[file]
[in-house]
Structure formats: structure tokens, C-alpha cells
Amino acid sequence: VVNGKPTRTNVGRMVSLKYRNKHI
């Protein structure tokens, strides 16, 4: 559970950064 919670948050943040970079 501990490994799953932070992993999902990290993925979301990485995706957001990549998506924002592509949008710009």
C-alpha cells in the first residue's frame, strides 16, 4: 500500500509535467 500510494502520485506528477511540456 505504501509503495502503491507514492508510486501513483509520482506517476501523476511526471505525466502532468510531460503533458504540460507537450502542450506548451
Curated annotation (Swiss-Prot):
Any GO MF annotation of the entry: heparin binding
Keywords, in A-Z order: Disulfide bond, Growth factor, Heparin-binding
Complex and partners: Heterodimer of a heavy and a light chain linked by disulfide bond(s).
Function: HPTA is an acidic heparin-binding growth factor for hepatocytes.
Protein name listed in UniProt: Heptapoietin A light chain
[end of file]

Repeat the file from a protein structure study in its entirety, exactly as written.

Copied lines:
[in-house]
Structure formats: structure tokens, C-alpha cells
Amino acid sequence: VVNGKPTRTNVGRMVSLKYRNKHI
């Protein structure tokens, strides 16, 4: 559970950064 919670948050943040970079 501990490994799953932070992993999902990290993925979301990485995706957001990549998506924002592509949008710009």
C-alpha cells in the first residue's frame, strides 16, 4: 500500500509535467 500510494502520485506528477511540456 505504501509503495502503491507514492508510486501513483509520482506517476501523476511526471505525466502532468510531460503533458504540460507537450502542450506548451
Curated annotation (Swiss-Prot):
Any GO MF annotation of the entry: heparin binding
Keywords, in A-Z order: Disulfide bond, Growth factor, Heparin-binding
Complex and partners: Heterodimer of a heavy and a light chain linked by disulfide bond(s).
Function: HPTA is an acidic heparin-binding growth factor for hepatocytes.
Protein name listed in UniProt: Heptapoietin A light chain